Like any good cowboy or cowgirl, you mosey into the saloon and order a whiskey. But with so many choices, what should you get? And do you want whiskey or whisky? What’s the difference? All whiskeys are fermented grain that is distilled and aged in oak. But depending on the variety and place of origin, there are some definite differences.
Scotch whisky is made of malted barley, aged at least 3 years, and typically has a peaty or smoky quality to it. Irish whiskey may be a blend of malted and un-malted or may be one or the other. It must be distilled 3 times (while Scotch is typically distilled twice) and must be aged at least 3 years in wooden casks. Irish whiskey is usually smoother and lacks the peaty quality of Scotch.
American straight whiskey, or bourbon, must use corn as the predominant grain and must be aged in new charred oak barrels at least 2 years. American rye whiskey is the same as bourbon but made with rye instead of corn. Wheat whiskey (such as Maker’s Mark) is similar, but softer and not as bold and spicy in flavor as rye. Tennessee whiskey is bourbon that has been filtered through maple charcoal. Its flavor is mellow, and slightly sweet and sooty.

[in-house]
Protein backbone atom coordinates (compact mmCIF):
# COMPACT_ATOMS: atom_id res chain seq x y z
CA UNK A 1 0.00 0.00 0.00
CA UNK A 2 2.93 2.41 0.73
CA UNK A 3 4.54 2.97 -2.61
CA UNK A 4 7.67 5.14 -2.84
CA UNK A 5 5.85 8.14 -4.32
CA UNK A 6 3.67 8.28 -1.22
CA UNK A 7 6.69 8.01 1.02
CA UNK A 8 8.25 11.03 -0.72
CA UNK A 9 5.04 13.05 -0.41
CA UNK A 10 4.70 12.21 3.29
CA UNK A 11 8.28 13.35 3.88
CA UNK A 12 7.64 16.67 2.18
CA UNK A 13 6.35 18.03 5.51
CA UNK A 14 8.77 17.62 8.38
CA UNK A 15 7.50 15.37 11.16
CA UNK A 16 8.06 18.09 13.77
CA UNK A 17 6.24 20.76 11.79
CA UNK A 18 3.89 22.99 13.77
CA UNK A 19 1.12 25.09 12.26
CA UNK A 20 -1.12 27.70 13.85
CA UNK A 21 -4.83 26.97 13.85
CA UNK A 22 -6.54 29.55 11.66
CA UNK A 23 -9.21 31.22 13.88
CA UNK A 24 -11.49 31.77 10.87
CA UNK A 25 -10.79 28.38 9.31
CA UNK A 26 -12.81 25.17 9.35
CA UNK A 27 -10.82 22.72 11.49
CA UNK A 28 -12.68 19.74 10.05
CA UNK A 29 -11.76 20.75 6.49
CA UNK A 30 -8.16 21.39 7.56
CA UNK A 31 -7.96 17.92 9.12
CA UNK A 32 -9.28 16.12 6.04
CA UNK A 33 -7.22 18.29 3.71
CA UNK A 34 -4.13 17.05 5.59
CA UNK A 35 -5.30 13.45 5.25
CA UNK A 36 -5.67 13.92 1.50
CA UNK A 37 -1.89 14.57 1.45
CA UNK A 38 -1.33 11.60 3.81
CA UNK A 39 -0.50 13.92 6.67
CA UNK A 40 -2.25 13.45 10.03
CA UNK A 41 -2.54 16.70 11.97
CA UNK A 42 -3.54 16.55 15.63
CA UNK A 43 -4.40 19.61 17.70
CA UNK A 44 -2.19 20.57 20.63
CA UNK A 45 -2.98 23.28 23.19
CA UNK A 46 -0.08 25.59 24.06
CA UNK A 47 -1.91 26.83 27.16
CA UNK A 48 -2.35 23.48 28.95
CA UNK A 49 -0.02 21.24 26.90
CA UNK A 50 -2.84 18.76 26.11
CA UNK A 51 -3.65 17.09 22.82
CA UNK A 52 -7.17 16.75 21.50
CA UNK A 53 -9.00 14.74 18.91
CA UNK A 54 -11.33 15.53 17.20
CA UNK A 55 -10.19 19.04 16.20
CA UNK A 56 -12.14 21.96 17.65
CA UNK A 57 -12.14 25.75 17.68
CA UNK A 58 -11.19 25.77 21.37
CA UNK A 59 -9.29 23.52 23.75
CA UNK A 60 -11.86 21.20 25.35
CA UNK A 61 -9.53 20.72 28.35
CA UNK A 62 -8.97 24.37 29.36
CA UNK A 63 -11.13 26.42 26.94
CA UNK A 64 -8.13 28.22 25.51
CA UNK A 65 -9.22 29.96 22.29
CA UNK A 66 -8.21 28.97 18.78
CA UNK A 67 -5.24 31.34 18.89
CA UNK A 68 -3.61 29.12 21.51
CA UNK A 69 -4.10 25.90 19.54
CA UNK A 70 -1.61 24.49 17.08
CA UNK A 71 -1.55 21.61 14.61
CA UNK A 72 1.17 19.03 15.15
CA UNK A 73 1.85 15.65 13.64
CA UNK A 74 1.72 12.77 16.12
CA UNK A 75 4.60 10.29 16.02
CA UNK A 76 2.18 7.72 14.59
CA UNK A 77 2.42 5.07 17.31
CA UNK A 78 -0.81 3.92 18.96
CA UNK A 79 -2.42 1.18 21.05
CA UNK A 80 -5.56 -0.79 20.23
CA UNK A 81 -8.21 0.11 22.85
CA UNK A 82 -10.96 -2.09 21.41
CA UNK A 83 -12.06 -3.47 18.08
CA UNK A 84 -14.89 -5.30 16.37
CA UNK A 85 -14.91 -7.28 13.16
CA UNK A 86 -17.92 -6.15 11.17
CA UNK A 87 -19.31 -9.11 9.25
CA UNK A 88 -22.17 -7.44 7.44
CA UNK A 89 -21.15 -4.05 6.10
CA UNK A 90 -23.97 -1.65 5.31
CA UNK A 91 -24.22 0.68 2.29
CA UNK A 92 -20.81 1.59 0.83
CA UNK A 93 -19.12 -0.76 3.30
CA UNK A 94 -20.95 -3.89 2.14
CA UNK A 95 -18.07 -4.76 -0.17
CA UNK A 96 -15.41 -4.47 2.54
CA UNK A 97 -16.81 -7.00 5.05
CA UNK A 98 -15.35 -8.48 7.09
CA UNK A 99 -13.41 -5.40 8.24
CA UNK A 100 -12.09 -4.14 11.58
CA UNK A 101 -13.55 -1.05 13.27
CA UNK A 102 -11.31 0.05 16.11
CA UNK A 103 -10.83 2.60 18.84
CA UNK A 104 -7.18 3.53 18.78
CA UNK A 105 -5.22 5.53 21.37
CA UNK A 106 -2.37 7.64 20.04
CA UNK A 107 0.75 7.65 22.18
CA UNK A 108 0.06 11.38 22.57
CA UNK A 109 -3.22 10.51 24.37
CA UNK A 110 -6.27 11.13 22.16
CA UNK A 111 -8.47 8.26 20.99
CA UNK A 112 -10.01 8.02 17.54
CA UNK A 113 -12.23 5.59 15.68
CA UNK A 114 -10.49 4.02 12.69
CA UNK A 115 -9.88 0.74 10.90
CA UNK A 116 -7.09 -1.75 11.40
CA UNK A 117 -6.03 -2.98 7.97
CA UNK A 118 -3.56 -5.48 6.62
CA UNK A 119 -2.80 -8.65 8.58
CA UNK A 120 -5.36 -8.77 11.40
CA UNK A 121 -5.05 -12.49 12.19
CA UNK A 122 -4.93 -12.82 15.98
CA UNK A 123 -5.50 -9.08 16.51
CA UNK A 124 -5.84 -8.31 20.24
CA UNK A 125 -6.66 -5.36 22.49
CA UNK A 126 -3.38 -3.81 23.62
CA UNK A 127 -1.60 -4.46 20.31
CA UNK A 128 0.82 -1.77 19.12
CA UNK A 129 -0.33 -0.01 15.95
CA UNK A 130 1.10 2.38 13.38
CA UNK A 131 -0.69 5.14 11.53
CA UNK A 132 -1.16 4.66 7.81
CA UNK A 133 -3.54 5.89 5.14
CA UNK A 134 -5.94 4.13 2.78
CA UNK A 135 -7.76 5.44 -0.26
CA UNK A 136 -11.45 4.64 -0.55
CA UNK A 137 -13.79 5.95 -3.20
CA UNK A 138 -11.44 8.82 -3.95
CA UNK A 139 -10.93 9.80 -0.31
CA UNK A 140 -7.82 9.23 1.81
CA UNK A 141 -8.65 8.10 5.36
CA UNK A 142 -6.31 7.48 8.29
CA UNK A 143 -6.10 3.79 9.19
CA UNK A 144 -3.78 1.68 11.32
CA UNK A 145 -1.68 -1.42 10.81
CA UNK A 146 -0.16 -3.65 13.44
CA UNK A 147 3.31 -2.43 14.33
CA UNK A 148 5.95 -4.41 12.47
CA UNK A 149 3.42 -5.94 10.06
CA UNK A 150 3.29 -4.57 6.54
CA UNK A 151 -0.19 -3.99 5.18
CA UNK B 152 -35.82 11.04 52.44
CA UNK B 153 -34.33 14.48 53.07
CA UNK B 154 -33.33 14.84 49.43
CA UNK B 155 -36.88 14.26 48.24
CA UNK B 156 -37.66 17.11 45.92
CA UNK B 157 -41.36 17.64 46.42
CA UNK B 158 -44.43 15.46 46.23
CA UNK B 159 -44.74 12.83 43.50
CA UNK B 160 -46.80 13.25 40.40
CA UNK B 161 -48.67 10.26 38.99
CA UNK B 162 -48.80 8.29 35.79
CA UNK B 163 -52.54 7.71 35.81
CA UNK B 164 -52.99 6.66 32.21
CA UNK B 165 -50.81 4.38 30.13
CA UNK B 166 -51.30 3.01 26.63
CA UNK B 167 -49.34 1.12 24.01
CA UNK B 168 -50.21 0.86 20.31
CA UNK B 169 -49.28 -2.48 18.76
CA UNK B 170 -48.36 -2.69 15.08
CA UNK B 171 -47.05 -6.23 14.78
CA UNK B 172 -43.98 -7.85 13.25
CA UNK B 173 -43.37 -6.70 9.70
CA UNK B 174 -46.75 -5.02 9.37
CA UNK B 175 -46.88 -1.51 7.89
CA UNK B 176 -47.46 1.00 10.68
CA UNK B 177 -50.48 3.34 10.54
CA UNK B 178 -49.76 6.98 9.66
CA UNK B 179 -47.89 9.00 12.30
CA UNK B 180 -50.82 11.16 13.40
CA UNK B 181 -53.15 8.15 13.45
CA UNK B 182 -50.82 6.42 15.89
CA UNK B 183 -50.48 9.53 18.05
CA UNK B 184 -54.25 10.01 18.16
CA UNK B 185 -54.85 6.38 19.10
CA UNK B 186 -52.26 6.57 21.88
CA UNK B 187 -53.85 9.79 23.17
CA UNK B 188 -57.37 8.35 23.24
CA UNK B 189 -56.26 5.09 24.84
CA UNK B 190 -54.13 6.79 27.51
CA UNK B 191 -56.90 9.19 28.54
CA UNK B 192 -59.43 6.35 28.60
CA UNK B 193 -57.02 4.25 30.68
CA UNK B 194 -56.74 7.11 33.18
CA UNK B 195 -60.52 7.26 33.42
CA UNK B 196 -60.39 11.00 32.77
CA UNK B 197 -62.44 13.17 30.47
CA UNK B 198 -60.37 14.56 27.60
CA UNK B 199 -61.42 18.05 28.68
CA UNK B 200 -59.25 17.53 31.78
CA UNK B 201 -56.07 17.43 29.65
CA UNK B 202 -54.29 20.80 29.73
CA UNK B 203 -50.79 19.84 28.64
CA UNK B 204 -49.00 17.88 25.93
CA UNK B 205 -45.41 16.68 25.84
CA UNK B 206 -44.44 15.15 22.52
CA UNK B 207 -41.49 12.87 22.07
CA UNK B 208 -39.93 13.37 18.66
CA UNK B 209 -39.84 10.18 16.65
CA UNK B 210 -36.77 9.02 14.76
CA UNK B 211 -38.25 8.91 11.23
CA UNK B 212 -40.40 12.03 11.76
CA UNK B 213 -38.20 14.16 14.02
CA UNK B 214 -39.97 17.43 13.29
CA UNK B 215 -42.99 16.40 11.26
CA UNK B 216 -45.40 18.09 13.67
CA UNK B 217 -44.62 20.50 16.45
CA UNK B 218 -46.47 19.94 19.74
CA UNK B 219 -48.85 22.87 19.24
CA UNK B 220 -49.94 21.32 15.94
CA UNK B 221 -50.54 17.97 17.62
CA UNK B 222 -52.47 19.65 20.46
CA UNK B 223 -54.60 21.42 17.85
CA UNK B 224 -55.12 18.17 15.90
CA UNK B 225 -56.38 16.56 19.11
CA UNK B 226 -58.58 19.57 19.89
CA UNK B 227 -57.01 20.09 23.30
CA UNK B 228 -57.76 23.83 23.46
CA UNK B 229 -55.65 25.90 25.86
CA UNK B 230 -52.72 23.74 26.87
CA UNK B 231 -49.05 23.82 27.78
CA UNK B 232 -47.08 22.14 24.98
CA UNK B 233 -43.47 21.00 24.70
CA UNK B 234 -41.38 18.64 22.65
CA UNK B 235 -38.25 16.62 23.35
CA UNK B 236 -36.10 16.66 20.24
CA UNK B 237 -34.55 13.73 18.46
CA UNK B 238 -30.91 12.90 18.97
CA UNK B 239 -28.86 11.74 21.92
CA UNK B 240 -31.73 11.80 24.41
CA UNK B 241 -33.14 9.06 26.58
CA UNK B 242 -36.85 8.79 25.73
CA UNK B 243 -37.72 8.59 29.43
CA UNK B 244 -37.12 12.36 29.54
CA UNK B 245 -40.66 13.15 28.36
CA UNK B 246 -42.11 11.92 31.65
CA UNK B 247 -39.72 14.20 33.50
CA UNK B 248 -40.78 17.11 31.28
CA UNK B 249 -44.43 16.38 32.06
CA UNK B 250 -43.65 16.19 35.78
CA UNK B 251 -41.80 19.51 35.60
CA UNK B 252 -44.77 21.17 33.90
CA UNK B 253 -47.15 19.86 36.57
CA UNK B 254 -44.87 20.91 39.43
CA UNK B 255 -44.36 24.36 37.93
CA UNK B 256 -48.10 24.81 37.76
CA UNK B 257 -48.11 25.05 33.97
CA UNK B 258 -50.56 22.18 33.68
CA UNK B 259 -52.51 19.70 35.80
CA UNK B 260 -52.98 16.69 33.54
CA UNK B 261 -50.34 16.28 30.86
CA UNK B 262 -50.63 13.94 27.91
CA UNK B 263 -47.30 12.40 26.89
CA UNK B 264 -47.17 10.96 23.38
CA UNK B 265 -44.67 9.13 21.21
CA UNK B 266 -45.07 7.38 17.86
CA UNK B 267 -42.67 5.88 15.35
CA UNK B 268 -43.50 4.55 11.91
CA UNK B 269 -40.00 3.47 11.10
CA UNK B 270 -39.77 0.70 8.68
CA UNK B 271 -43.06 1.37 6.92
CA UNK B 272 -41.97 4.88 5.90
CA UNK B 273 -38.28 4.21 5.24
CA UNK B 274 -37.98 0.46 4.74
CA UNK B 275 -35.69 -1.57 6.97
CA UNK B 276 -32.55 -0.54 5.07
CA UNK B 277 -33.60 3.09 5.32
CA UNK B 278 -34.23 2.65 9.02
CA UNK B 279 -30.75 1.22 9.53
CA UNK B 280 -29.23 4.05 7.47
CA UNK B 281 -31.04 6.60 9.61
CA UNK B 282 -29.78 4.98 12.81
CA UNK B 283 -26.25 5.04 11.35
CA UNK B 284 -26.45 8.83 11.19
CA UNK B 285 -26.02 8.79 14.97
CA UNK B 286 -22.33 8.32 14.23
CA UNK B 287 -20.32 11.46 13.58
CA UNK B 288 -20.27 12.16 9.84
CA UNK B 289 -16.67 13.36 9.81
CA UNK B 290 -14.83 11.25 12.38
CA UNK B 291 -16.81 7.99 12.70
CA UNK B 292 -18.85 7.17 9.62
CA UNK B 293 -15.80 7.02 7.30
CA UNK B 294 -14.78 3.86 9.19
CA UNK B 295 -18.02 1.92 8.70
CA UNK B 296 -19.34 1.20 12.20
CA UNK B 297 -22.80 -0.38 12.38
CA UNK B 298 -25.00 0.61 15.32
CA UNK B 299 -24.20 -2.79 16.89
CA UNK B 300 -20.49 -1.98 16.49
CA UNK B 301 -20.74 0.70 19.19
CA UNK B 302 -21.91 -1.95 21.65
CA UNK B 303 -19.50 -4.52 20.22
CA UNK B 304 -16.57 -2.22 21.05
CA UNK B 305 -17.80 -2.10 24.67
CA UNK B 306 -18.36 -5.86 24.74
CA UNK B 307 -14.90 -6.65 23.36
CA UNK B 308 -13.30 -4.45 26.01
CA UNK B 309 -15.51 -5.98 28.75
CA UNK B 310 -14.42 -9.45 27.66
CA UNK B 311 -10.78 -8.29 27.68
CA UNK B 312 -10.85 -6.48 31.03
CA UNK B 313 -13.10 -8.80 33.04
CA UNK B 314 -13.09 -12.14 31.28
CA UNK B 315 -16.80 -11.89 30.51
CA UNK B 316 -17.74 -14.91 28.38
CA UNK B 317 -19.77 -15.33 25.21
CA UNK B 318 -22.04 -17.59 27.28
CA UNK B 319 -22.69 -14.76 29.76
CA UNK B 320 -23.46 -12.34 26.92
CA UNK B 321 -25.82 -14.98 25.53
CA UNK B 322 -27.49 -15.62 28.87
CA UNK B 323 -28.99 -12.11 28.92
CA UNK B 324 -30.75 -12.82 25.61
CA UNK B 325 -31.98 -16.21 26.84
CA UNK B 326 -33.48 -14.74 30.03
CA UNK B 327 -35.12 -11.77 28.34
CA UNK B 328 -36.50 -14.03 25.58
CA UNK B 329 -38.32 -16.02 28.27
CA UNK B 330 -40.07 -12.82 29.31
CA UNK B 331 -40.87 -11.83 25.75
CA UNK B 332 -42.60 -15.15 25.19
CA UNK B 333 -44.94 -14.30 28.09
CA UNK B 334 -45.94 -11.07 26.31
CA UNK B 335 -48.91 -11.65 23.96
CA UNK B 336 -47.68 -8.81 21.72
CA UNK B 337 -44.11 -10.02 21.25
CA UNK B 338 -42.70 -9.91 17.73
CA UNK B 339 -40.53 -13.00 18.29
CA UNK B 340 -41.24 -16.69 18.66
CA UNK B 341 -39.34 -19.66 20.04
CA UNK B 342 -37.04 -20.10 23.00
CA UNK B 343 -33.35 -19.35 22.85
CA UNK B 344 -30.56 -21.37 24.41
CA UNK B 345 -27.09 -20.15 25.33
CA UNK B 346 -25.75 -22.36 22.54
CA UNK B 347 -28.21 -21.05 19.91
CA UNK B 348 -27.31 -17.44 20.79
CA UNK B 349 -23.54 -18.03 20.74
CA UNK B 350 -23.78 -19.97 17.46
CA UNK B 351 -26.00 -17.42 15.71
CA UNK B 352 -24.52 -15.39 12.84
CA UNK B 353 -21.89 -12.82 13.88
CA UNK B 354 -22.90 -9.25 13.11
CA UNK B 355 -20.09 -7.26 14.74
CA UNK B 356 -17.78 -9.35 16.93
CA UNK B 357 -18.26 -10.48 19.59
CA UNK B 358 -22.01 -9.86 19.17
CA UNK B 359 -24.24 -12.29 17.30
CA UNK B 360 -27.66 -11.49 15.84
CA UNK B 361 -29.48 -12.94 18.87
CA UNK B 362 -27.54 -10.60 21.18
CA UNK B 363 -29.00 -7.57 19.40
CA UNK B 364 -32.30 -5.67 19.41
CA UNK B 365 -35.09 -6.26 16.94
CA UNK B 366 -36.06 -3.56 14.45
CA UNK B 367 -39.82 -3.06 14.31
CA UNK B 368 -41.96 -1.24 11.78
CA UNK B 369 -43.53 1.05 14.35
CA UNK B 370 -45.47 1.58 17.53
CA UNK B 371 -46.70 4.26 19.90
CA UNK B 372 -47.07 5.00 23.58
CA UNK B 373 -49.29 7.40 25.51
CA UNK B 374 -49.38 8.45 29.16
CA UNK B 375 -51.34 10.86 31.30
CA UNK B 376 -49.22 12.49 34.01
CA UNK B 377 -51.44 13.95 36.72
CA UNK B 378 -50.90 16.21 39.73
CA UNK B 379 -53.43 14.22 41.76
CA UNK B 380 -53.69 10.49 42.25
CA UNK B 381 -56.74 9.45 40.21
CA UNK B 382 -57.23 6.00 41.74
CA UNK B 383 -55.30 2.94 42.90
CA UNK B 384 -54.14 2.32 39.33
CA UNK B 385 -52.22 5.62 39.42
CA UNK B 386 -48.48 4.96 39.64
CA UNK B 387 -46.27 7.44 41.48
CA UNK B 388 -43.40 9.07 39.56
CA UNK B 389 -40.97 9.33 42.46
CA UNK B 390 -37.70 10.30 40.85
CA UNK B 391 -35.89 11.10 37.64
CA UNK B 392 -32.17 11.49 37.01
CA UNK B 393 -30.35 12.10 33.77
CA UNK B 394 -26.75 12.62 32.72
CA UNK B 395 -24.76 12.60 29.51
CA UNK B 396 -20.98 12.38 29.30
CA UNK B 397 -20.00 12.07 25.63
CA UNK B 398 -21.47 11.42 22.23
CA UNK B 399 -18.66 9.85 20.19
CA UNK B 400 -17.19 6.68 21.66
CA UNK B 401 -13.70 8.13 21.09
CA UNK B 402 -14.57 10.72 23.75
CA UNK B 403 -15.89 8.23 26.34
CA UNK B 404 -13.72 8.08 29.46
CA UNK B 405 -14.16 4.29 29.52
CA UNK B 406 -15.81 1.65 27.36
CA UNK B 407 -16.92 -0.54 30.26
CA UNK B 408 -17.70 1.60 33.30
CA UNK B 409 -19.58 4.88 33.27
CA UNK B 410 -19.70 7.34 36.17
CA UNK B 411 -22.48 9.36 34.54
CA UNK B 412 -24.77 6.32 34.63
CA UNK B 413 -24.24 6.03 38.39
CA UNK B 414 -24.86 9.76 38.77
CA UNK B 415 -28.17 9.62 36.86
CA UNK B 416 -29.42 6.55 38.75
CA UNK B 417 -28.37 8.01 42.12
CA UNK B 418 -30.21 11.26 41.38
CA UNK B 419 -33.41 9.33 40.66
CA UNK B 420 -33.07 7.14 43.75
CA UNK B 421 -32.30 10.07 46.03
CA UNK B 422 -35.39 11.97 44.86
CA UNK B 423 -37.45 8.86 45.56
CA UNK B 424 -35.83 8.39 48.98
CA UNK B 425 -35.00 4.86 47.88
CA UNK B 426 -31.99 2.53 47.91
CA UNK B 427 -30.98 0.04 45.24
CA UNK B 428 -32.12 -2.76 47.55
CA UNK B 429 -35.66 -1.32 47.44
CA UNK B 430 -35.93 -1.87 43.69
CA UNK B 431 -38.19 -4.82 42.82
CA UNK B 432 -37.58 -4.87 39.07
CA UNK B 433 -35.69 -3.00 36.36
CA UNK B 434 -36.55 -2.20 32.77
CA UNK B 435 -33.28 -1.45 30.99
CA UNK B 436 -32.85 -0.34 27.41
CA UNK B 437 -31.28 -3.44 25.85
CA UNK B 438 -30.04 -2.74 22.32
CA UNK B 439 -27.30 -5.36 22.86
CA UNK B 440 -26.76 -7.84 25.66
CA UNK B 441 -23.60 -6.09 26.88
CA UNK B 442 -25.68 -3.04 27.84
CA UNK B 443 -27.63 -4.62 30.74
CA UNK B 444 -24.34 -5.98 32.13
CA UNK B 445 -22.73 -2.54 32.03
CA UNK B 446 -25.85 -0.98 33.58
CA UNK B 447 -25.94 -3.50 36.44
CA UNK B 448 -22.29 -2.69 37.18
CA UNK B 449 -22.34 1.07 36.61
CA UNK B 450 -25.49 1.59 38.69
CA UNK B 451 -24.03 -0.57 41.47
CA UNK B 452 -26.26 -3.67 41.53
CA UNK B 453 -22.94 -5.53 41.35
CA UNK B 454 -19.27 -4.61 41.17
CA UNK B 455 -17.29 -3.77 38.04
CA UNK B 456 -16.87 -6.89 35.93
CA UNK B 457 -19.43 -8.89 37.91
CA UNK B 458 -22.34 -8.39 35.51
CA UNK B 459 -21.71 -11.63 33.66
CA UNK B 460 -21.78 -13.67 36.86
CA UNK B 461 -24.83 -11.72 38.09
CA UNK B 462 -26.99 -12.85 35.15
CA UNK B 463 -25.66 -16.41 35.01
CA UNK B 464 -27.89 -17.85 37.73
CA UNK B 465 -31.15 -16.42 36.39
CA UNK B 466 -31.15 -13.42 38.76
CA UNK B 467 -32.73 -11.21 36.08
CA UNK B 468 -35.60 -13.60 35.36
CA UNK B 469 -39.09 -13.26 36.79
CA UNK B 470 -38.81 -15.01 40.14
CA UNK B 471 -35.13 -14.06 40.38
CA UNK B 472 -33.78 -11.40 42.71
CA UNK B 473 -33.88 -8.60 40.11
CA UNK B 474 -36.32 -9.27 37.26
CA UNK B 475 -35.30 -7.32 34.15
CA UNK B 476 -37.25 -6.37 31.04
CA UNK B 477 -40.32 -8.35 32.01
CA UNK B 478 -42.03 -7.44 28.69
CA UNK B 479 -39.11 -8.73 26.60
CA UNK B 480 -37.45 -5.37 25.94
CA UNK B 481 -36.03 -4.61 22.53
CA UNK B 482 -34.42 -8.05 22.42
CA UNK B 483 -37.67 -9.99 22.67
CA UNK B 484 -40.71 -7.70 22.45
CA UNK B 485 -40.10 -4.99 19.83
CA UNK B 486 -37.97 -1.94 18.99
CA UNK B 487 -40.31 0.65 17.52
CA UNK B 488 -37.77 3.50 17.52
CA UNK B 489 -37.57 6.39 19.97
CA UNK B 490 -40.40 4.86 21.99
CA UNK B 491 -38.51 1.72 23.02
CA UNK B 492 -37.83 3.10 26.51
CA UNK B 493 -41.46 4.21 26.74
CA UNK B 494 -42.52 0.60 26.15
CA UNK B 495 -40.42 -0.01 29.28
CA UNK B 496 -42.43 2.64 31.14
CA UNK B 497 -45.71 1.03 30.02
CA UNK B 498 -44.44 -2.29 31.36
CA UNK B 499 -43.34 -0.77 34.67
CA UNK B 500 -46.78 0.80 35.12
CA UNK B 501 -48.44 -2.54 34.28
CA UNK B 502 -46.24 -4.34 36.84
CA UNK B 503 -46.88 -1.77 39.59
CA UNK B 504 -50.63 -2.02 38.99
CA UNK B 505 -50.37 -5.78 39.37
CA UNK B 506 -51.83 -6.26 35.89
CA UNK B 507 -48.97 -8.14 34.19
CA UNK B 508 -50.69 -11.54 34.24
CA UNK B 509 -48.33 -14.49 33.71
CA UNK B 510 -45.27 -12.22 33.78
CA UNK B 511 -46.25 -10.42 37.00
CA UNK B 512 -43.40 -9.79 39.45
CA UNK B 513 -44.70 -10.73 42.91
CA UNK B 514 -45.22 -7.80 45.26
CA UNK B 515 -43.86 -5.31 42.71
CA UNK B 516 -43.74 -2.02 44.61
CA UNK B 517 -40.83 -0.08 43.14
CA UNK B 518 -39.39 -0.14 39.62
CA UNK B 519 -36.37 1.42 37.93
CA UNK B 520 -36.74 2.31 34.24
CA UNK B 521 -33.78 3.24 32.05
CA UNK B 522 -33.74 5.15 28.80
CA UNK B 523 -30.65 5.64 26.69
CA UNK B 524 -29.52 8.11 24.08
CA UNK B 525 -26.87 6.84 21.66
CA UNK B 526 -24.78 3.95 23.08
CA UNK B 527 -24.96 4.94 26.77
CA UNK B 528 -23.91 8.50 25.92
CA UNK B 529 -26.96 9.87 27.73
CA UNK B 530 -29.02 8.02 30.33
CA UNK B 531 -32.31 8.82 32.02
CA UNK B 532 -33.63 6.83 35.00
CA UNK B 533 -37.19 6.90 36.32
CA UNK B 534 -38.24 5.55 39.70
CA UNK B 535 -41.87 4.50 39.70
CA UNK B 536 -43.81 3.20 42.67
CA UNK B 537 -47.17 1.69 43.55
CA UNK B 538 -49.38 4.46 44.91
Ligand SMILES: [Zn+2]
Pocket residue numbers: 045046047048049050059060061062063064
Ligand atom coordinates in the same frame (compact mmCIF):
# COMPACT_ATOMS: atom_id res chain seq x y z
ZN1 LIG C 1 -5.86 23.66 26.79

Canadian whisky is the lightest and is typically a blend of corn, wheat or other grain. Some Canadian whiskies include small amount of flavorful rye whisky in the blend. These are called “Canadian rye” or, in Canada, simply “rye whisky”. All Canadian whiskies must be aged at least 3 years in oak barrels and are typically lighter and smoother than other whisky styles. Note that Canadian rye and American rye is not at all the same thing! What Americans call rye is a much spicier drink.
Meanwhile, back at the saloon, you can drink your whiskey (or whisky) straight, on the rocks, or with a splash of water (non-chlorinated or spring water is best). Start with a capful of water and add more to taste. And about that spelling…countries with an “E” in their names (Ireland, United States) drink “whiskey”. The others drink “whisky”. Now you know.